The Republic of Indonesia boasts one of the most diverse and vibrant cuisine in the world. Home to 261 million people, the 4th most populous country in the world is not short when it comes to irresistible flavors.
Caution: Reading may make you salivate.
Bakso is Indonesians favorite comfort food. Chicken or beef meatballs are served in chicken broth, your choice of Bihun (rice vermicelli) or Mie (yellow noodles), garnished with crispy fried shallots, celery, and of course, the infamous sambal (chili paste).
Great things come in pair. Same goes to Indonesian Martabak which comes in two variations. The folded pan-fried stuffed crispy pancake in the picture above is Martabak Telor (Egg). The filling is made of minced beef, scallions, and onions.
Unlike the Crispy and Eggy counterpart, Martabak Manis is a sweet dessert. With various toppings from chocolate, cheese, peanut, banana, Nutella to even durian, this thick buttery pancake is quickly become another Indonesian’s favorite snack.
Gado – gado
Gado-gado is another Indonesian all-time favorite comfort food. Smother peanut sauce dressing on veggies such as cabbage, spinach, bean sprouts, kangkung, green bean, and lontong or ketupat – you’ll have yourself a peanu-ty party! Just remember to invite your friendly Asia’s Food Experts for some Gado- gado if you’re making them!
Like its leafy counterpart, Ketoprak is another one of Indonesian’s traditional dishes and also a very popular street food. The main ingredients are lontong or ketupat (compressed rice cake), tahu, rice vermicelli, bean sprouts, and then mixed it all with thick and sweet peanut sauce. Plus a must have addition, a mountain of kerupuk (crackers). – All the flavors conjoin in tasty harmony. Food science at its simplest, the Food Experts of Asia loves Ketoprak!
An Indonesian traditional soup dish, Soto is mainly served in savory chicken broth that is seasoned with turmeric, which explains the color yellow. A bowl of Soto would contain shredded chicken, eggs, rice vermicelli, and crispy fried shallots swimming around the broth. Soto is certainly a ‘pick me up’ on a rainy day.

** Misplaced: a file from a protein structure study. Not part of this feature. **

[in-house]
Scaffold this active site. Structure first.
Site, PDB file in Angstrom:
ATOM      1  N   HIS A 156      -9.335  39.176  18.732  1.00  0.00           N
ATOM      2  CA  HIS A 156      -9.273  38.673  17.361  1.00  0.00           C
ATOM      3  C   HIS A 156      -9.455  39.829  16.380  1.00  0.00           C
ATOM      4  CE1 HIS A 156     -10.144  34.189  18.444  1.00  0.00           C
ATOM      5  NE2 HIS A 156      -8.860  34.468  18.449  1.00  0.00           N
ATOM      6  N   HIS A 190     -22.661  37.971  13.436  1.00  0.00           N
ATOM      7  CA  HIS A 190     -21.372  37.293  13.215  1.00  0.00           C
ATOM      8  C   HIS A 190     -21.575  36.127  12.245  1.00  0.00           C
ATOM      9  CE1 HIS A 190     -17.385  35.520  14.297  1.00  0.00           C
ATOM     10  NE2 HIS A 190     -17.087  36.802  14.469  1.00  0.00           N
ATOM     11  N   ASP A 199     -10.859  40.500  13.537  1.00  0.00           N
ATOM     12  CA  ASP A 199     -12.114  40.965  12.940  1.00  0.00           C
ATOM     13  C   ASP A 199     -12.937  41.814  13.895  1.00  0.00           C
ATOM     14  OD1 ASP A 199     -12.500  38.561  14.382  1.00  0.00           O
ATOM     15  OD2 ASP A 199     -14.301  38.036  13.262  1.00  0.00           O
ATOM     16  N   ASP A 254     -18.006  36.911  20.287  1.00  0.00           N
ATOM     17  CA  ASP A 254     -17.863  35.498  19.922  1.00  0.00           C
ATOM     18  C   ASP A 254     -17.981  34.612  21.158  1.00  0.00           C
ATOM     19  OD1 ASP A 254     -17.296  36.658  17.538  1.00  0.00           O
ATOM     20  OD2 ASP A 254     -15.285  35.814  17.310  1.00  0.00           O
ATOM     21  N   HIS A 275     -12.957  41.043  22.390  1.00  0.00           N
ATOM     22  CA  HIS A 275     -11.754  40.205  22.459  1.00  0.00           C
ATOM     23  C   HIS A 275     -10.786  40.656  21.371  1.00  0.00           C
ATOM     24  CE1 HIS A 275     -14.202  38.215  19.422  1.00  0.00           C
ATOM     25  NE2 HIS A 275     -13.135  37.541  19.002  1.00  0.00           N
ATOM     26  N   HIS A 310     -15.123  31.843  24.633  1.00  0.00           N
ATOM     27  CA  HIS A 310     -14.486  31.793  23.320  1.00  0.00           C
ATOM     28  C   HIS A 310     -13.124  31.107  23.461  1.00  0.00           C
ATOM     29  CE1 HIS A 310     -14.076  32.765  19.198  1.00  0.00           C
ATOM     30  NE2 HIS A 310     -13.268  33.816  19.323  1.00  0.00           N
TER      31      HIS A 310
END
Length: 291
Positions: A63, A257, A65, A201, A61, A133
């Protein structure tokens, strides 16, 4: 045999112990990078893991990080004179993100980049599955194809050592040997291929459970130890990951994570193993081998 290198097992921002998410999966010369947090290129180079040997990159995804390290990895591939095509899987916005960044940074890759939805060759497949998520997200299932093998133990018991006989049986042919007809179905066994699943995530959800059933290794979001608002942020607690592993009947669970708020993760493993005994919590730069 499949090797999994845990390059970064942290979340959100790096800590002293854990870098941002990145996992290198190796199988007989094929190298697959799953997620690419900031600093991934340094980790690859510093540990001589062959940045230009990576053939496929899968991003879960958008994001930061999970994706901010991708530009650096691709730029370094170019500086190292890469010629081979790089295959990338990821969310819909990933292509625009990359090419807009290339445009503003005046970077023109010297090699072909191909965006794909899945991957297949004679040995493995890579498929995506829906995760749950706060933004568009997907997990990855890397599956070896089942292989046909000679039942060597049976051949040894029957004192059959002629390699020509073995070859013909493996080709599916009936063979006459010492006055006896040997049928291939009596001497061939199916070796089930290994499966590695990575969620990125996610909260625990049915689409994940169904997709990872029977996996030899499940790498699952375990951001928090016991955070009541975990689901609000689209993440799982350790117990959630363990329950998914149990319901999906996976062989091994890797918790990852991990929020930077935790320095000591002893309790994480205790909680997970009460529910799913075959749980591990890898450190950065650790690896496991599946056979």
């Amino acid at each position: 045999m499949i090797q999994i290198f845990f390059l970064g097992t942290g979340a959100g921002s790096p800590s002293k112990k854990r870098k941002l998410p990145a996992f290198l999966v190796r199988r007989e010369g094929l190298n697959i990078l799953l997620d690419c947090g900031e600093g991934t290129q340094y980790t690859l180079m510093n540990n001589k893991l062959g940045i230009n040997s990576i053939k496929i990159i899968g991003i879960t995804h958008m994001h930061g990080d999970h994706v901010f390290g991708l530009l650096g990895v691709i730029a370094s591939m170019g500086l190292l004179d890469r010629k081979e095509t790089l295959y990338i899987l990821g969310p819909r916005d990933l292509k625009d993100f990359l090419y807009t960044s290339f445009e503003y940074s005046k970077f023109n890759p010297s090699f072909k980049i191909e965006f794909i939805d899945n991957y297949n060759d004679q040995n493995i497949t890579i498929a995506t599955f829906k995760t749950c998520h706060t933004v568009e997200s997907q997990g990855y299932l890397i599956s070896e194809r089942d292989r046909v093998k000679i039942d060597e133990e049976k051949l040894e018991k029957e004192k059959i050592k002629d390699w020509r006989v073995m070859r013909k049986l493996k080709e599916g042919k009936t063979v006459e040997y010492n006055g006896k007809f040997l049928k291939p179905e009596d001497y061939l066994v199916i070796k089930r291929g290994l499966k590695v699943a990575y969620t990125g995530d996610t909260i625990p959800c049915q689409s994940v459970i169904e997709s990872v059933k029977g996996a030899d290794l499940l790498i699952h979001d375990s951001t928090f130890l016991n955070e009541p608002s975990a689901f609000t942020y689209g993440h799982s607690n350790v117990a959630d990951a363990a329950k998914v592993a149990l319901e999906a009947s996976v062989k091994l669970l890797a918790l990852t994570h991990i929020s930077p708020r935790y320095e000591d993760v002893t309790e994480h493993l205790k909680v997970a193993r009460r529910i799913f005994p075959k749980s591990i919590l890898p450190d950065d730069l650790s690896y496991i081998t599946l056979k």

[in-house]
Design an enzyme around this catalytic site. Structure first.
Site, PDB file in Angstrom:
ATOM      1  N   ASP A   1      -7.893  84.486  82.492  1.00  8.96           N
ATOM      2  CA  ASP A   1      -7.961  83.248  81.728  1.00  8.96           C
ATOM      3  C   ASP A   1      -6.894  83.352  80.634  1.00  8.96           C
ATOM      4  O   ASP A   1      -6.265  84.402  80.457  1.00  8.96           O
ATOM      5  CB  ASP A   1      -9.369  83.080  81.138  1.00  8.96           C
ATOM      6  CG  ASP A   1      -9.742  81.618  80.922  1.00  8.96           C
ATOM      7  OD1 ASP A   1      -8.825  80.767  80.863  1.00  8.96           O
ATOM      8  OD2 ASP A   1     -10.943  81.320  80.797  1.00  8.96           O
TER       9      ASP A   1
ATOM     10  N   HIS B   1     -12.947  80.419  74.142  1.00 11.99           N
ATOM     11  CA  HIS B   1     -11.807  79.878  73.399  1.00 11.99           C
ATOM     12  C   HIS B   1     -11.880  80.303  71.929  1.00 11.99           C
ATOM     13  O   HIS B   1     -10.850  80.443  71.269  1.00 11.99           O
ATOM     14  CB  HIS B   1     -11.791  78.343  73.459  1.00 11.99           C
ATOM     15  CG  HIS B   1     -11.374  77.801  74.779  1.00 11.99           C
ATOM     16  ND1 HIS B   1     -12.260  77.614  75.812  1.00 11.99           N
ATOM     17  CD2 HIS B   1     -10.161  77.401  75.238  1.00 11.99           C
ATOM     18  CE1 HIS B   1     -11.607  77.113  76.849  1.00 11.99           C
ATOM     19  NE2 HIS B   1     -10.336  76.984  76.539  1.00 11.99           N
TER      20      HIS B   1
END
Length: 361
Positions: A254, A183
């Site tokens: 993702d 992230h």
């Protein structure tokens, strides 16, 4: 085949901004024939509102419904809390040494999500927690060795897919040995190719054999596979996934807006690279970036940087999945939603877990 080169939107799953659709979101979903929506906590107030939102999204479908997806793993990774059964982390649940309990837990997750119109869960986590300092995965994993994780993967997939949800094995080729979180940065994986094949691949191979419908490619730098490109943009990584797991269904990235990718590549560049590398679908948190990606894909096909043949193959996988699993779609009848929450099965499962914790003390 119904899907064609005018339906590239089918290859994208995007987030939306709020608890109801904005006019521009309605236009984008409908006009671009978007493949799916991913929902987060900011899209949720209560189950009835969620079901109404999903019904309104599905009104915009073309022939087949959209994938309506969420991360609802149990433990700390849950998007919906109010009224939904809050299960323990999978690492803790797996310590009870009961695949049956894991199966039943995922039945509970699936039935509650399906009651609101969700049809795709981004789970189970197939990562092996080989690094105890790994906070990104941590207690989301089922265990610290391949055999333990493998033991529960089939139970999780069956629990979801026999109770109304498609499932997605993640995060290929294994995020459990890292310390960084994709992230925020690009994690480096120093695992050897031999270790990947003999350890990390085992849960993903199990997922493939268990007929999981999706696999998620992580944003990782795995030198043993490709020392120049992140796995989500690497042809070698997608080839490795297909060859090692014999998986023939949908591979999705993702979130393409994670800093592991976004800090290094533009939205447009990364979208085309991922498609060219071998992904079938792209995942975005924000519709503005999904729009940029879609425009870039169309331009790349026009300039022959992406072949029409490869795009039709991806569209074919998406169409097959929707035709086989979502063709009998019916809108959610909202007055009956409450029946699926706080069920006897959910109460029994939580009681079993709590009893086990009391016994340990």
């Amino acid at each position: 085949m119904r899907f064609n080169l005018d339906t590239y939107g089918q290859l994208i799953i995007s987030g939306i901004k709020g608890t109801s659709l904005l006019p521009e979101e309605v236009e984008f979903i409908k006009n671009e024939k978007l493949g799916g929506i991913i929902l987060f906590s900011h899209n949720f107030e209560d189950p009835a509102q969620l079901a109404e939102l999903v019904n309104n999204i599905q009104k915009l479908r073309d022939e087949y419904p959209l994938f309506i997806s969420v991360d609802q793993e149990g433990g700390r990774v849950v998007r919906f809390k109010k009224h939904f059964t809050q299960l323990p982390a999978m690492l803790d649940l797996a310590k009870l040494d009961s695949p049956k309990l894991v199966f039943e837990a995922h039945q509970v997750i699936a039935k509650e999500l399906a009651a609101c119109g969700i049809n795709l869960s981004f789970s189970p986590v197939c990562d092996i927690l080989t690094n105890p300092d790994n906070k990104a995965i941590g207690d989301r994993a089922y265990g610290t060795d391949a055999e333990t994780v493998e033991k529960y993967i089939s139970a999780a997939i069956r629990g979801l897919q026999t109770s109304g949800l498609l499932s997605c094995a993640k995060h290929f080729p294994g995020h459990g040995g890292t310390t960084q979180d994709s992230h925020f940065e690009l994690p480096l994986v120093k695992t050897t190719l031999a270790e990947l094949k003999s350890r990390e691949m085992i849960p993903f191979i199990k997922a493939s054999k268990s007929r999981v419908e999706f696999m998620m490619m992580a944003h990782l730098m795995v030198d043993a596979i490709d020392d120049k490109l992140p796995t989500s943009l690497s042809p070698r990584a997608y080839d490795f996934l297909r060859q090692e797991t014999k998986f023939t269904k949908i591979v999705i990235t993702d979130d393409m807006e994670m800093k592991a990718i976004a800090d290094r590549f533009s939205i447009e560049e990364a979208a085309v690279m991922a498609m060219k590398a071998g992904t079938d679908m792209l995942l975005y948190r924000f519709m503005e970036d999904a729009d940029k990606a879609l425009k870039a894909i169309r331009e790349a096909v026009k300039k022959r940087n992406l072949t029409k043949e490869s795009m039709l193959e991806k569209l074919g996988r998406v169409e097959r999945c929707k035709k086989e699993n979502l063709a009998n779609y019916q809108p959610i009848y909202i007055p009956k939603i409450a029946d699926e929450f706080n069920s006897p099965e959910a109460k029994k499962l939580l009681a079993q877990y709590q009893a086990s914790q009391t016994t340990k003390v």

Siomay (also Somay), is Indonesia’s answer to Chinese Dim Sum. Siomay is basically steamed fish dumpling with vegetables served in peanut sauce. It is derived from Chinese Shumai. It is traditionally made from tenggiri (wahoo) fish meat but sometimes other types of seafood are also used such as tuna, mackerel, and praw. Other complements to Siomay are steamed cabbage, potatoes, bitter gourd, boiled egg, and tofu. Siomay is cut into bite size pieces and topped with peanut sauce, sweet soy sauce, chili sauce and a dash of lime juice.
Sayur asem is a popular Indonesian vegetable in tamarind soup. Simply means Sour Veges in Indonesian language, Sayur Asem’s common ingredients are peanuts, young jackfruit, young leaves and unpeeled seeds of melinjo, bilimbi, chayote, long beans, all cooked in tamarind-based soups and sometimes enriched with beef stock. Quite often, the recipe also includes corn. The sweet and sour flavour of this dish is considered refreshing and very compatible with fried or grilled dishes. Have it with white rice and you’ll be amazed.
Celebrations in Indonesia are incomplete without Nasi Tumpeng. This massive tower platter is specially made for important ceremonies. It’s kinda like a birthday cake, but with rice and heaps of side dishes.
The indispensable ingredient is rice. It can be a steamed white rice, uduk rice (cooked with coconut milk), or yellow rice (spiced with turmeric). The side dishes varied from ayam goreng (fried chicken), bergedel kentang (mashed potato fritters), kering tempe (dried tempe seasoned with sweet spices), shredded omelettes, and anything Indonesian you can think of.
Legend has it that the cone-shaped rice is a symbol of mountains and volcanoes. The tradition originated from ancient Javanese people as an offering to the Gods (who usually live in the mountains) for the abundance of harvest and Their many blessings. Nasi Uduk certainly has Asia’s Food Experts’ blessings!
Thanksgiving has Turkey, Aidil-Fitr has Opor Ayam. If you are celebrating the joyous Aidil-Fitr in Indonesia, you will most definitely see Opor Ayam on the local household’s tables. Soft and tender chicken cooked in creamy coconut milk are normally paired with ketupat and sambal goreng ati (fried beef liver) during Aidil-Fitr holiday.
There you have it foodies! The list certainly doesn’t end at 10. Indonesia has a lot more delicious foods for you to explore the next time you touch down there!
Confused about Asia’s Food Science and Food Regulatory, ask the food experts at www.ricebowlasia.com.